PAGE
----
Miami Police Chief John Timoney is not one to shy from a fight. He's found a formidable adversary in the National Rifle Association.
In remarks on the carnage wrought by a gunman shooting up a large group of party goers, some of them also armed, in Overtown early Monday morning, Chief Timoney noted that one of the guns used was an AK-47.
"This is Washington's problem," said Mr. Timoney, referring to the federal ban on the sale of assault weapons, such as the AK-47, that Congress let lapse in 2007. Cowed by the NRA, Democrats and Republicans alike caved to the group's political strong-arming by failing to muster the votes to uphold the sensible, life-saving ban.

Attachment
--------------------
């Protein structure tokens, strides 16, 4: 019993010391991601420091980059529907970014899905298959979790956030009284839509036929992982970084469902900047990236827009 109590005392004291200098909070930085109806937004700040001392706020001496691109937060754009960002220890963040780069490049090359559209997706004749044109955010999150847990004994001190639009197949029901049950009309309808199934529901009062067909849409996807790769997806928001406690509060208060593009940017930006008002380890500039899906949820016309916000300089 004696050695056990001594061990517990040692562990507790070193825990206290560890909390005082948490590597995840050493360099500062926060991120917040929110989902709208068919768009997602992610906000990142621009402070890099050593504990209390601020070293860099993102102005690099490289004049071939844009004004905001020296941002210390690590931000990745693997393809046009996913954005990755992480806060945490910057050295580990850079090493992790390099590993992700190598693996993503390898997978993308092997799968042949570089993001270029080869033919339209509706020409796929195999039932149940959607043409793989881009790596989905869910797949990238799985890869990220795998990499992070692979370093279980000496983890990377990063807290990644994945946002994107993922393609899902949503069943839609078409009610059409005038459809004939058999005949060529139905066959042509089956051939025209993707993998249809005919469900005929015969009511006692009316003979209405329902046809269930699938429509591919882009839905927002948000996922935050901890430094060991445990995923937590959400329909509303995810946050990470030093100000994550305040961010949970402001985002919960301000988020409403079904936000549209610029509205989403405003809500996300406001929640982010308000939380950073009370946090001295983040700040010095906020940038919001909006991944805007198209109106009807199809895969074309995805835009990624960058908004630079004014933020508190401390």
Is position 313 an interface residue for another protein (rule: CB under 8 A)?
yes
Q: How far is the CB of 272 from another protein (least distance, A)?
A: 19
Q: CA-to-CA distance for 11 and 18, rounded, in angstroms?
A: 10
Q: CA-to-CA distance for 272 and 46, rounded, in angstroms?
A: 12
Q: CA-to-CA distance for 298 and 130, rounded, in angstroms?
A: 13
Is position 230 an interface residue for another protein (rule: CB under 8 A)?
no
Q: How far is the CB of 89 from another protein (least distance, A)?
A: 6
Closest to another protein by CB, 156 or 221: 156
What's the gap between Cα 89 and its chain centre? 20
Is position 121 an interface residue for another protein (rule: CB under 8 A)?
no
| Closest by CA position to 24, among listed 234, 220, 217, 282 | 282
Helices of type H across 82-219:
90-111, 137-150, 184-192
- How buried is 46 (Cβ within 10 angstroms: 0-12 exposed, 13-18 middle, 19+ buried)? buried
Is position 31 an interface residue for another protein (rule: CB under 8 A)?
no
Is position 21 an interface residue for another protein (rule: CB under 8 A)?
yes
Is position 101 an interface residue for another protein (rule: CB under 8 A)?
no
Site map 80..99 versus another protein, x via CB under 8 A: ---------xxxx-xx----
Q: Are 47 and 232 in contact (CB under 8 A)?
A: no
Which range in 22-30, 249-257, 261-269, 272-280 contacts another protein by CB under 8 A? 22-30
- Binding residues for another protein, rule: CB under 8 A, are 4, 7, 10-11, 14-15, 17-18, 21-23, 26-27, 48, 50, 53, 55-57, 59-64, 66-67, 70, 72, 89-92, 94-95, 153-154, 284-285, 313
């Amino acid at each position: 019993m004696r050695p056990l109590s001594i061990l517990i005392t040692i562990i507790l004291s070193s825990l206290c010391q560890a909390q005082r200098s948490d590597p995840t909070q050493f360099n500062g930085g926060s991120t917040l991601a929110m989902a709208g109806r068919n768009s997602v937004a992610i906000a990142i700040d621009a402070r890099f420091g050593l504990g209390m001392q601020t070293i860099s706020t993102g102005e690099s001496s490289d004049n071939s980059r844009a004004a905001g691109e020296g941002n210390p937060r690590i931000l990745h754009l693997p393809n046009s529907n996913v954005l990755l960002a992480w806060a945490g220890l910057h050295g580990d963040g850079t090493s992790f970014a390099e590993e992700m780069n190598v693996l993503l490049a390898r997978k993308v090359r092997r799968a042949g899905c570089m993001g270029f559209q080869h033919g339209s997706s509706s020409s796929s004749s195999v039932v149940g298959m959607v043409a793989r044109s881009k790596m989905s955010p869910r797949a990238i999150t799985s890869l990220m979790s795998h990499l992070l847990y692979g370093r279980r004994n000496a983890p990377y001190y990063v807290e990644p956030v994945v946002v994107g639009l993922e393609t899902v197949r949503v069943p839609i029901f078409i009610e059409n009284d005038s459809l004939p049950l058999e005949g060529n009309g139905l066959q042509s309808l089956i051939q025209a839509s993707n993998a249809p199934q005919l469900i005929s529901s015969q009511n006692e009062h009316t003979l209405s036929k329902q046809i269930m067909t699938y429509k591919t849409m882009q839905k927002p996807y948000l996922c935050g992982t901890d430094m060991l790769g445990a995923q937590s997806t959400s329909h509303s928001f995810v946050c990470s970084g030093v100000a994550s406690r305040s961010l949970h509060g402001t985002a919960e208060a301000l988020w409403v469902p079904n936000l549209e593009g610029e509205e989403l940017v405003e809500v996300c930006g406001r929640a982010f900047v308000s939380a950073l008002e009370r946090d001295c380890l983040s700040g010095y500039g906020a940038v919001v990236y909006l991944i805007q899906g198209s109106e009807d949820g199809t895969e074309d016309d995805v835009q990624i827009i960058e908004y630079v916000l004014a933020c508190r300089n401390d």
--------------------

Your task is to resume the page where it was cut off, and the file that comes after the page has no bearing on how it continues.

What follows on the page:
Actually, it's Tallahassee's problem, too. The state Legislature is as captive to the gun lobby as its counterparts in Washington.
When counties began approving regulations on gun sales, Florida lawmakers passed a law that prohibits local governments from enacting gun-control ordinances. More recently the Legislature made it legal for employees to keep guns in their car while at work despite the strong opposition of the business lobby.
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